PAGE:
To imply that someone’s mental issues could be resolved if only they did more yoga, or breathed more deeply, or ate better is insulting. Of course they’ve tried that – it didn’t work.
You subscribe to the millennial success standard, which is the “one in a million success story.”
It’s just as brave to acknowledge that this path you are walking isn’t for you, that you just don’t want to because it doesn’t feel right.
Those who move through each day with a happy spirit will find that things always work out.
“I’m great! Can’t complain. Kind of hard for me to ever have a bad day.”
It teaches effective conflict resolution.
isn’t it funny that no matter how much you’ve hurt and how often it had cut you like a knife, you were still crying your heart out? As if it was the first time you let someone go, or the first time you felt like there’s no tomorrow.
Watts observes that people drown themselves in the sea of attachments and expectations, and forget that life is most precious in its present form.
I will help you find the pieces. I hope that we will help each other find our pieces. I hope that we are still all we have. I hope that we are it.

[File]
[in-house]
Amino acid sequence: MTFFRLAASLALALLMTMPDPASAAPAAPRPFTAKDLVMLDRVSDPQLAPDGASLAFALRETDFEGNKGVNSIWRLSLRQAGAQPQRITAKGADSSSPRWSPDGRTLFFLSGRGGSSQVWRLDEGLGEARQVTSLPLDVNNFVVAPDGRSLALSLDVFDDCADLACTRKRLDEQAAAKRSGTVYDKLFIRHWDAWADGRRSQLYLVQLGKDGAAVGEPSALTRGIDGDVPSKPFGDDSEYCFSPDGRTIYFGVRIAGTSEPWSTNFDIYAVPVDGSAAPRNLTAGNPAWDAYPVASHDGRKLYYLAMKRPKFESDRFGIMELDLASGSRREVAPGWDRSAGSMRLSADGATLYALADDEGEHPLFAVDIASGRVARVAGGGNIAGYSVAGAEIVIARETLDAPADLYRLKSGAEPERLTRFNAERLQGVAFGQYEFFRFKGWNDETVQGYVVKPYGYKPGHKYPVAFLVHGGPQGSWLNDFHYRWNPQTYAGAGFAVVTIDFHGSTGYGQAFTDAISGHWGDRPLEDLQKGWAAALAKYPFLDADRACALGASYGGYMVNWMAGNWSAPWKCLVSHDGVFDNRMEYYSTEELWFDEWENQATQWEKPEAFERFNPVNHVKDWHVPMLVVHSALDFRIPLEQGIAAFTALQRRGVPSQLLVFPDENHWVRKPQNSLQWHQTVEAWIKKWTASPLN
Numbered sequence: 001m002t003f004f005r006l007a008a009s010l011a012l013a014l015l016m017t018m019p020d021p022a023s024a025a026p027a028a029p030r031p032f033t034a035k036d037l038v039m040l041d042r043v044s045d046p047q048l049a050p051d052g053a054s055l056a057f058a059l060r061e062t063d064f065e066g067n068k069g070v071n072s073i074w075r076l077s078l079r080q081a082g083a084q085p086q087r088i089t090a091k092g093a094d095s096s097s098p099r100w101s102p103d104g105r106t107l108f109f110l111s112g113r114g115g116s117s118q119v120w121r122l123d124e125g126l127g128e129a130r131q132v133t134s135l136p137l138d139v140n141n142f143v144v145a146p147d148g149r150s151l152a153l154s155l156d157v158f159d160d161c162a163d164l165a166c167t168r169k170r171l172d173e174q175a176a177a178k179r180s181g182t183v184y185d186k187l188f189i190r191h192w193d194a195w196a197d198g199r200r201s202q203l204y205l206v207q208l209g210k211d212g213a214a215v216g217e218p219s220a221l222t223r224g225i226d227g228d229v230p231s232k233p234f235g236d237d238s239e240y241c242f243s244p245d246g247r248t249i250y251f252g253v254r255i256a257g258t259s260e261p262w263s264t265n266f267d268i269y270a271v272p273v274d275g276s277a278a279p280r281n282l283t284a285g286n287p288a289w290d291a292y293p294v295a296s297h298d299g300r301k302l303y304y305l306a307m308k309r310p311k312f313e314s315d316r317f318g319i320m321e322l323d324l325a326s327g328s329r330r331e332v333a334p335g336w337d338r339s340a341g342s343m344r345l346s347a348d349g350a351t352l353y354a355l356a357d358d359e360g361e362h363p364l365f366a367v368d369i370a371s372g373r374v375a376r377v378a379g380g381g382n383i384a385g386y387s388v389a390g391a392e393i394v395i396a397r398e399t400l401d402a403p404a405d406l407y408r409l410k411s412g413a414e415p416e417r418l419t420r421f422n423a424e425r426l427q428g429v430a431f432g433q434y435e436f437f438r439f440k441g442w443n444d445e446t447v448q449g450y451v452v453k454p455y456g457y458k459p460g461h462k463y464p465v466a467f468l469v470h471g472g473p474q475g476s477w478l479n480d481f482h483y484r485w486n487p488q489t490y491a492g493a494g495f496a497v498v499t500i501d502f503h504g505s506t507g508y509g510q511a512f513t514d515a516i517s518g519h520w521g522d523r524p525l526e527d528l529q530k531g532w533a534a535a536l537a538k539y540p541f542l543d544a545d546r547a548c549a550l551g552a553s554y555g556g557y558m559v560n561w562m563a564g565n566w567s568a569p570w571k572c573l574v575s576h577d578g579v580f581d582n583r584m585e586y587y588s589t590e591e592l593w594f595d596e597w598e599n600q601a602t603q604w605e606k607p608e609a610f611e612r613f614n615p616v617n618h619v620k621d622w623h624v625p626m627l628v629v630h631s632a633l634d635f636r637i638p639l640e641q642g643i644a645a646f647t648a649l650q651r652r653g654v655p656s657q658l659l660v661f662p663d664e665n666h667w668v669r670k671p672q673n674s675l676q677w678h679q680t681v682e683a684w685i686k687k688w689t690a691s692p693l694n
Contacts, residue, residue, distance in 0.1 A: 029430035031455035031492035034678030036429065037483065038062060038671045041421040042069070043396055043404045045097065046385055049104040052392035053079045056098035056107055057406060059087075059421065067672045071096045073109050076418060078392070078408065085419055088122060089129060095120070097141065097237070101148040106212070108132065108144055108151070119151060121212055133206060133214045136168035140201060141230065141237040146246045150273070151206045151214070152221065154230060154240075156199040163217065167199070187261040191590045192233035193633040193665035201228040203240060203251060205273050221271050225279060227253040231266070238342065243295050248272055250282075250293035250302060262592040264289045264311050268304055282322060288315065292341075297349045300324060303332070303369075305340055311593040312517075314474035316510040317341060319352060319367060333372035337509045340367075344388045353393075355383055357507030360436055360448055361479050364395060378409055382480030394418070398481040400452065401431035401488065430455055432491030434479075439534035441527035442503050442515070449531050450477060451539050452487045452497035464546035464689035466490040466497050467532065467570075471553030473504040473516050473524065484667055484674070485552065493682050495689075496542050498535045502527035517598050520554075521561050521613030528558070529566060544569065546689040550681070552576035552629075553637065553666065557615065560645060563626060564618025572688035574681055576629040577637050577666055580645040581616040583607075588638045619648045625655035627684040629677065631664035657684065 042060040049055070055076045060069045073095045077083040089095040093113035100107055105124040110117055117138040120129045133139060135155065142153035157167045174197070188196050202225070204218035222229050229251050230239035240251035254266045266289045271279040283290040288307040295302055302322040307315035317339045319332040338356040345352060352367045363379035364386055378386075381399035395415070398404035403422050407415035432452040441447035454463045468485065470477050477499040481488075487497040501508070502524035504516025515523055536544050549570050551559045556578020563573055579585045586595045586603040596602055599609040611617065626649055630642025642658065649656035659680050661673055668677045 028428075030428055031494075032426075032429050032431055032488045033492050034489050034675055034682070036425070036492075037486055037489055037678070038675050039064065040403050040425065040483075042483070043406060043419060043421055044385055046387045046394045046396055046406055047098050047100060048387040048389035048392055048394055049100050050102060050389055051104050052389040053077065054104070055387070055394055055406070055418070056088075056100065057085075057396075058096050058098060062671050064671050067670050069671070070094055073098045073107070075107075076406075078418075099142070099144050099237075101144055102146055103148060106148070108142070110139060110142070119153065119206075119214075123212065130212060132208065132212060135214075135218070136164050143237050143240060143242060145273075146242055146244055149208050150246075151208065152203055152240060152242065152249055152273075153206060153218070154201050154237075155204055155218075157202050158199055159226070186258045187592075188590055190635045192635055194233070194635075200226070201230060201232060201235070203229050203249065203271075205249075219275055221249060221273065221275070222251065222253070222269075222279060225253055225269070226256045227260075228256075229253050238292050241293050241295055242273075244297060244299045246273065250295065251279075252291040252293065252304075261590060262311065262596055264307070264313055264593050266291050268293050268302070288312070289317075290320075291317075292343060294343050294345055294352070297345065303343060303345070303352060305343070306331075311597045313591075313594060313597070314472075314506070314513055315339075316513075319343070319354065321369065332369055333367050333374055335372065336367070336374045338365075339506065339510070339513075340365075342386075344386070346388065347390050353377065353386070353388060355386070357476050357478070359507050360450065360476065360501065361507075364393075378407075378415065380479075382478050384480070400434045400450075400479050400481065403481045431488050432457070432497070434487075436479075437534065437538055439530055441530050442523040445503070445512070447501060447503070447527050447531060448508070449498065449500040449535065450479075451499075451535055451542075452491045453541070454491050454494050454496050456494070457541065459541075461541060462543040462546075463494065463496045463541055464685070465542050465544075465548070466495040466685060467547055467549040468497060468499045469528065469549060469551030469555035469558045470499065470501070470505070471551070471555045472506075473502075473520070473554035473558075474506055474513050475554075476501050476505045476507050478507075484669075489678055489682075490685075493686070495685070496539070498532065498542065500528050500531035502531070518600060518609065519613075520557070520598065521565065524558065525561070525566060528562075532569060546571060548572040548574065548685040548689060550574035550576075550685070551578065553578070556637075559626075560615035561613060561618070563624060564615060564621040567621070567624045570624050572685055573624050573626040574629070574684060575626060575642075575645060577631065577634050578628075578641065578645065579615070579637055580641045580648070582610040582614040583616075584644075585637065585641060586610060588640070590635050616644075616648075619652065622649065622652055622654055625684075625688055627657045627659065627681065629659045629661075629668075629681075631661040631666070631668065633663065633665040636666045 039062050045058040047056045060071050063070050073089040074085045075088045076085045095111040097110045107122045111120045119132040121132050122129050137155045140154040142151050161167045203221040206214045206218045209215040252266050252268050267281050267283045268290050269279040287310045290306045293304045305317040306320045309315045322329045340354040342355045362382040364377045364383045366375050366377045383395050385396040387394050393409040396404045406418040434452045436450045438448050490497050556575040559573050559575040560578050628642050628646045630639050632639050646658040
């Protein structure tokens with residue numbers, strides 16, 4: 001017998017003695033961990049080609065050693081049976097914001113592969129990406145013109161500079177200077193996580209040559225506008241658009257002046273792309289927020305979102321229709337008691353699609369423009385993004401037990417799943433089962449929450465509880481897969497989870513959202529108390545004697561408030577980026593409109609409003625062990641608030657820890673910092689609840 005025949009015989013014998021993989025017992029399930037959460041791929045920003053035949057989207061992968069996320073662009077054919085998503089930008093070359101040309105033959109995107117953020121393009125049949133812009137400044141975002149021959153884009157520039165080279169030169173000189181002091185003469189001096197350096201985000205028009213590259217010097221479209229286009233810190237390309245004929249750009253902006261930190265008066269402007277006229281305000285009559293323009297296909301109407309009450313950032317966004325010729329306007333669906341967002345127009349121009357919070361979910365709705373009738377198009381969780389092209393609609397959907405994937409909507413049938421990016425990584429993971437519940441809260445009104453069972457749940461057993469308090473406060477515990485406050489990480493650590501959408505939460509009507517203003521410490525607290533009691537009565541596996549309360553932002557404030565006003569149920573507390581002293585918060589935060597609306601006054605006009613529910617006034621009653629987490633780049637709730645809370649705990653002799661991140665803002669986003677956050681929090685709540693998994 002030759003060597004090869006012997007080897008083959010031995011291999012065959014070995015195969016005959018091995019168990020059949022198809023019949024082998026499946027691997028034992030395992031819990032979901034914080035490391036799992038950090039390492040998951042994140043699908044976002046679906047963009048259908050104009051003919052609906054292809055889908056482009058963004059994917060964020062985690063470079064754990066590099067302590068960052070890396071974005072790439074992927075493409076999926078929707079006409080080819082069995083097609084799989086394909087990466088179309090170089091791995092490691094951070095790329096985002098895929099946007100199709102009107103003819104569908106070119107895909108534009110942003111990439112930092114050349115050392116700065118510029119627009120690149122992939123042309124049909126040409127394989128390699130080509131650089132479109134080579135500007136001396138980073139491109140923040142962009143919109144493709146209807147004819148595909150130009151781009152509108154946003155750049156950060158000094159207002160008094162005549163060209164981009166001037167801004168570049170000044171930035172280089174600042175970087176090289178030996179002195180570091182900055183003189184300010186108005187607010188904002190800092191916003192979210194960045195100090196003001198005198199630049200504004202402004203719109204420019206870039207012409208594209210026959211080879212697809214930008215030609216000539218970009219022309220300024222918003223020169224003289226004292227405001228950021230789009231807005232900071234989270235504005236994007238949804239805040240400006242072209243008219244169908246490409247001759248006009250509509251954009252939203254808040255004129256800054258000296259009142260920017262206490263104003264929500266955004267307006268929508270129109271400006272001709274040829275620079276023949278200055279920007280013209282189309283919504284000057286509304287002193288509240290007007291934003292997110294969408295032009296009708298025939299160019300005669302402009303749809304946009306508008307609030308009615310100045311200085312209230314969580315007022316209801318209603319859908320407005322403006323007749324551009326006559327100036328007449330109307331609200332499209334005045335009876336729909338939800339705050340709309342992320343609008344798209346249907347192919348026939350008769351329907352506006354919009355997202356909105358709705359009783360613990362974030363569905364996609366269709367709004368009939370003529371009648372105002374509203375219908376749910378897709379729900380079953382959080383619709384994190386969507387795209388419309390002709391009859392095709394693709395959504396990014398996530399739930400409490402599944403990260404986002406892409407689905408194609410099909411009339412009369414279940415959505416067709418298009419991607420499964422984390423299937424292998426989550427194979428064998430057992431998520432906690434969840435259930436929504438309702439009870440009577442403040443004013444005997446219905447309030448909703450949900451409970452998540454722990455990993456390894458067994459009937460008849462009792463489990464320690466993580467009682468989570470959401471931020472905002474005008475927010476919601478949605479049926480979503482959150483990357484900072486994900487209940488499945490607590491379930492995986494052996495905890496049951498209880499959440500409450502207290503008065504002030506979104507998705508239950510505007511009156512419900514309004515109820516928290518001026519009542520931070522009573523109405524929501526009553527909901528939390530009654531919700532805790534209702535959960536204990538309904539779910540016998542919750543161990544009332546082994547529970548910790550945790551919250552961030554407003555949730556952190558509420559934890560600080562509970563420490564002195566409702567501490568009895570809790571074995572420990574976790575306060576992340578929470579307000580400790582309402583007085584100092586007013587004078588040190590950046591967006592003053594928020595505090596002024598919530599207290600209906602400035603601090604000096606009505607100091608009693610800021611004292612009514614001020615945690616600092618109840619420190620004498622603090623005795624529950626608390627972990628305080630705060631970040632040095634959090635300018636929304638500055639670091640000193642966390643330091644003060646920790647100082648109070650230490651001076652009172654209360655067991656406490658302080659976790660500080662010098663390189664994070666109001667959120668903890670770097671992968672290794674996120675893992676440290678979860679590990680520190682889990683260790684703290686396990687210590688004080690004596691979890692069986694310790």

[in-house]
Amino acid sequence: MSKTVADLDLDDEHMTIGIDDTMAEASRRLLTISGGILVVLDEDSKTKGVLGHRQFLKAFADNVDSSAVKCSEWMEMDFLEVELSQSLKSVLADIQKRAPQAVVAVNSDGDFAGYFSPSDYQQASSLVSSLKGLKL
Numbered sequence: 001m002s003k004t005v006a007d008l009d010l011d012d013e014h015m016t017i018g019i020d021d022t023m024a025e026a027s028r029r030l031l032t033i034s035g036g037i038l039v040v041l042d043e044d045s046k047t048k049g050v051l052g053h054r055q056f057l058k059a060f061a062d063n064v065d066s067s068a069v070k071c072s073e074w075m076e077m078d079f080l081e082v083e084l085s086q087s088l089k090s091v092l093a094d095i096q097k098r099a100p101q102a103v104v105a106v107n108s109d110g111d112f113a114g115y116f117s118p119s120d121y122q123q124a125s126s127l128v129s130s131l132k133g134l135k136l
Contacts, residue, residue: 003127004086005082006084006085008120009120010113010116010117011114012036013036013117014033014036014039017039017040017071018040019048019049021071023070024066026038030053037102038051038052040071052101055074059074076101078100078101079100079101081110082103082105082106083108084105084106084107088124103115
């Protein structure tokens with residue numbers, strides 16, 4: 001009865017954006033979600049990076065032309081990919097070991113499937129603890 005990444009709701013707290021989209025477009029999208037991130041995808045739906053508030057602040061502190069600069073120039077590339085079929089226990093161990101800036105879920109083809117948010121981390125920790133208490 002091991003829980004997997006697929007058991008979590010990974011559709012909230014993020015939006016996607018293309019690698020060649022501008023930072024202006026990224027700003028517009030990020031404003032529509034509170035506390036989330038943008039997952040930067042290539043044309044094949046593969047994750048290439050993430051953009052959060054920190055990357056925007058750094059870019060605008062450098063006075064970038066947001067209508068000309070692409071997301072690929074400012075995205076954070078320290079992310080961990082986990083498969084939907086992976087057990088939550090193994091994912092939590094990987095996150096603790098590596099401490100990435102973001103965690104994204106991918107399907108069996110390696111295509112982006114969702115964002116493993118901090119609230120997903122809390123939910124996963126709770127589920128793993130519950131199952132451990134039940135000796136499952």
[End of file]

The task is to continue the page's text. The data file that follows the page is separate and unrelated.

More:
Affective empathy is also known as emotional empathy. It is the capacity to respond to another person’s emotional state.
We are friend zoned. We are bro zoned. We are family zoned. We are help zoned. We’re rejected. We’re stood up. We’re ghosted. We’re used. And vice versa. We don’t love anymore.
Your self-image is polarized: you either think you’re the greatest person on Earth, or a worthless piece of garbage, with little in-between.
There is a difference between what we expect to feel, what we actually feel, what we express that we feel, and what we remember feeling after-the-fact.
We do not actually experience the multitude of emotions we think we do. In fact, we only have 6 – fear, anger, disgust, surprise, sadness, happiness.